A global wealth manager said Chinese companies listed on Wall Street are likely to be kicked out of US capital markets in the next three years, as tensions between Beijing and Washington show no signs of reduction.
Source: Asian Financial
“I think for a lot of Chinese companies listed in U.S. markets, it’s essentially game over,” David Loevinger, managing director of emerging markets at TCW Group, told CNBC. “This is an issue that’s been hanging out there for 20 years — we haven’t been able to solve it.”
The US Securities and Exchange Commission (SEC) this month finalized rules that would allow market regulators to delist shares of foreign companies in the US market if insufficient auditing information is provided.
The Holding Foreign Companies Accountable Act (HFCAA) was passed in 2020, after Chinese regulators repeatedly rejected requests from the Public Company Accounting Oversight Board (PCAOB) on examining the audit records of Chinese companies listed and traded in the US.
Given the distrust between the US and China and the unlikely improvement in bilateral relations anytime soon, Loevinger believes that there is no way this issue can be resolved in the next few years.
” So the reality is, I think, by 2024, most Chinese companies listed on U.S. exchanges are no longer going to be listed in the United States. Most are going to gravitate back to Hong Kong or Shanghai,” he said.
Source: Financial Times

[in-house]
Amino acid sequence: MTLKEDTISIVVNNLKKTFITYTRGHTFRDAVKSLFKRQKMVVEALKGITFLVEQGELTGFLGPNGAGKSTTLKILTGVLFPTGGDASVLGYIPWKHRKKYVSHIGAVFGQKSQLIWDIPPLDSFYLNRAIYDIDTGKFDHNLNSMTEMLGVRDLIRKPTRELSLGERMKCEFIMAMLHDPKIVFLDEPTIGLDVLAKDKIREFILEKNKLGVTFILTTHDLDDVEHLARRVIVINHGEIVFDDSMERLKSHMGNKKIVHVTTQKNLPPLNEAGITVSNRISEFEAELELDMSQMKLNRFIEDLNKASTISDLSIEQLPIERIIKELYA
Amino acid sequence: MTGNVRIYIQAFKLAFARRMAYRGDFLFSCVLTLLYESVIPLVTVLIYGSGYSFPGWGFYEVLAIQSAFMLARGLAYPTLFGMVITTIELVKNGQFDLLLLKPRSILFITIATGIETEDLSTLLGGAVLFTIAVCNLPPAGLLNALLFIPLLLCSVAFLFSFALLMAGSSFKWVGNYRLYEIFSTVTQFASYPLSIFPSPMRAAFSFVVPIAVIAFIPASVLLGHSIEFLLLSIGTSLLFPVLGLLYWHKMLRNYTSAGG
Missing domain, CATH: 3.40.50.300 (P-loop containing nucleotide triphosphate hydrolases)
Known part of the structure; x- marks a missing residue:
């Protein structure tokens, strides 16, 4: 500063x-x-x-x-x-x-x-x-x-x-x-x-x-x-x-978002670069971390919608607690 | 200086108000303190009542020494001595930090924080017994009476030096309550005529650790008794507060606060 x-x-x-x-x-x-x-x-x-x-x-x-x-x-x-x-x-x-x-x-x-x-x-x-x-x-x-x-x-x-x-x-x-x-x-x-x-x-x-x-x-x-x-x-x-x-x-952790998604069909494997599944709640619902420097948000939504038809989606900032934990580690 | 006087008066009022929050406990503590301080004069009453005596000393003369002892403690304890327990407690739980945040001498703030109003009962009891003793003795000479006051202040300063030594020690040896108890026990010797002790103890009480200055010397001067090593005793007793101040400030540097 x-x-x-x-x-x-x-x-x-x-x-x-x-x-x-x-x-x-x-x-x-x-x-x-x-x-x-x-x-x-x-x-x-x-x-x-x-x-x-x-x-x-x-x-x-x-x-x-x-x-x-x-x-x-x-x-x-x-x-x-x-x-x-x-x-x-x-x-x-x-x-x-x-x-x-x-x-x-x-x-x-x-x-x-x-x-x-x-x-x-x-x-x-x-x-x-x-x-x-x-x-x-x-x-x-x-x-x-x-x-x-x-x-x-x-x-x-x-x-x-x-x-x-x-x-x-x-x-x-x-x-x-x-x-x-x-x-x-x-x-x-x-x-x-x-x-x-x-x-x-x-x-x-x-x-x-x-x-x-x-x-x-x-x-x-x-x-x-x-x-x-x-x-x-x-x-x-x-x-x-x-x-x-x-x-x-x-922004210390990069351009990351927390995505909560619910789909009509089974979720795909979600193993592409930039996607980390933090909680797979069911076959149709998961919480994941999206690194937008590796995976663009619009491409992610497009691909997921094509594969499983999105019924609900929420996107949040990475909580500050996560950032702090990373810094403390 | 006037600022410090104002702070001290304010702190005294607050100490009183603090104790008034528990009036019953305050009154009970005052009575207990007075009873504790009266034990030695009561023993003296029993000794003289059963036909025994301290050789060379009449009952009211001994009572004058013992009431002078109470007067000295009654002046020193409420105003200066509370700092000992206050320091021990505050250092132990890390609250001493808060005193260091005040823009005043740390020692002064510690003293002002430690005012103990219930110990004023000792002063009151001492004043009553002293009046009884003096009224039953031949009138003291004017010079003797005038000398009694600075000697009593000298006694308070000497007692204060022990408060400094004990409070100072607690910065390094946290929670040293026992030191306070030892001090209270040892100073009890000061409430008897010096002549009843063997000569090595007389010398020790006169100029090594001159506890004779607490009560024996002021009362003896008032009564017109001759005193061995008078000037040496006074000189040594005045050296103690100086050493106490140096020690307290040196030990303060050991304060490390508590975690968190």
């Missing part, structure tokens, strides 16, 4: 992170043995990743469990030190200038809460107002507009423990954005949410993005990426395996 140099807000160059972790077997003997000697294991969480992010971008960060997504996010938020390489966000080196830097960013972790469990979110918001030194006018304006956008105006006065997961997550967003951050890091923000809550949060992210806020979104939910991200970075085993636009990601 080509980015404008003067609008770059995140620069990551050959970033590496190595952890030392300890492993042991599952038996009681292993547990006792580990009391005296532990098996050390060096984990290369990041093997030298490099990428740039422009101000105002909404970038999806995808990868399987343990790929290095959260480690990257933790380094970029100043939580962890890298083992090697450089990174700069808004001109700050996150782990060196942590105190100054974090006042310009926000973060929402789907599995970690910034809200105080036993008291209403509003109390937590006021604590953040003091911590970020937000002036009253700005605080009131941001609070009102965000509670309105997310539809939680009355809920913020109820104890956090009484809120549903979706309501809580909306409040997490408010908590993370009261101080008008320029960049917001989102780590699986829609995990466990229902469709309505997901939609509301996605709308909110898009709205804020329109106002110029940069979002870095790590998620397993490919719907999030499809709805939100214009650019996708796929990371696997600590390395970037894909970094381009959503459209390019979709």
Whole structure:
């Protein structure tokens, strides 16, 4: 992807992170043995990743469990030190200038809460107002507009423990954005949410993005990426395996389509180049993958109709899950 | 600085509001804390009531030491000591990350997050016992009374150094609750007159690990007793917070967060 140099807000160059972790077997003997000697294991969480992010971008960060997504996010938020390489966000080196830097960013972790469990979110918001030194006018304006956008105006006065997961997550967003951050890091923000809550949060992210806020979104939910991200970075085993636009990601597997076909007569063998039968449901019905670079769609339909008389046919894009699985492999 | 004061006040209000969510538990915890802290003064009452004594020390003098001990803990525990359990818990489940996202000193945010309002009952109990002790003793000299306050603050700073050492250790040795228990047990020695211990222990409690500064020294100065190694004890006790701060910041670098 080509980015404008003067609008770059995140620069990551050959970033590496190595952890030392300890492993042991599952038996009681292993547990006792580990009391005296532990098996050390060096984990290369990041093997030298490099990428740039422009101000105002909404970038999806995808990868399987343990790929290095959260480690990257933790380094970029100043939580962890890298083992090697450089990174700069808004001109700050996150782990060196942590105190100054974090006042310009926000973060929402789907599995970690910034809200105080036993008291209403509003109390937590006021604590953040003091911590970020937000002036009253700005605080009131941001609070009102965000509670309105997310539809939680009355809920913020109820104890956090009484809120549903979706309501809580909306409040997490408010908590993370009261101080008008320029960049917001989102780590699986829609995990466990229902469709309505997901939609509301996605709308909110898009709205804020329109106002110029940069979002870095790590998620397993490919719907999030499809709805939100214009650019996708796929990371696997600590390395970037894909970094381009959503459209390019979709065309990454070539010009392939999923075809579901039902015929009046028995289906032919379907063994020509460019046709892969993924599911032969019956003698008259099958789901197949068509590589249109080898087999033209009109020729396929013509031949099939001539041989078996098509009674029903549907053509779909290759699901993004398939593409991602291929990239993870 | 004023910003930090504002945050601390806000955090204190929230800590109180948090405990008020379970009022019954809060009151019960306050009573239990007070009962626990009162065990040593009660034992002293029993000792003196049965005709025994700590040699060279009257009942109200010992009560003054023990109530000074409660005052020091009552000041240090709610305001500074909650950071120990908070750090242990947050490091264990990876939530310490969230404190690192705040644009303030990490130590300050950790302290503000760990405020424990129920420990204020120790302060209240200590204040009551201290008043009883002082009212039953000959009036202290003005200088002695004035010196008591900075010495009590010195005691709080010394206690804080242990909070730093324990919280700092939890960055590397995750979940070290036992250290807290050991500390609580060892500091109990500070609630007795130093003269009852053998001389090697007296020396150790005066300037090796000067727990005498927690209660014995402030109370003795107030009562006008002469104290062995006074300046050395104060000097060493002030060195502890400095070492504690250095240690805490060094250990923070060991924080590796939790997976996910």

When a company is removed from an exchange like the Nasdaq or the New York Stock Exchange, it becomes inaccessible to a large number of buyers, sellers, and intermediaries.
Tech giant Didi Global Inc. ride-hailing app Didi Chunxing angered Chinese regulators by its decision to list in the US without first addressing outstanding cybersecurity concerns. Regulators have asked the board of directors to come up with a plan to delist from the US due to data leak concerns.
In addition to Didi, many of the top Chinese technology companies listed in the US have also made listings in Hong Kong. Some of those well-known names include e-commerce giant Alibaba, JD.com, technology company Baidu, gaming firm NetEase and social media giant Weibo.
Loevinger, referring to Didi’s announcement of delisting from the New York Stock Exchange, said: ” We have already hit the turning point. I just don’t think China’s government is going to allow U.S. regulators to have unfettered access to internal auditing documents of Chinese companies. And if U.S. regulators can’t get access to those documents, then they can’t protect U.S. markets from fraud.”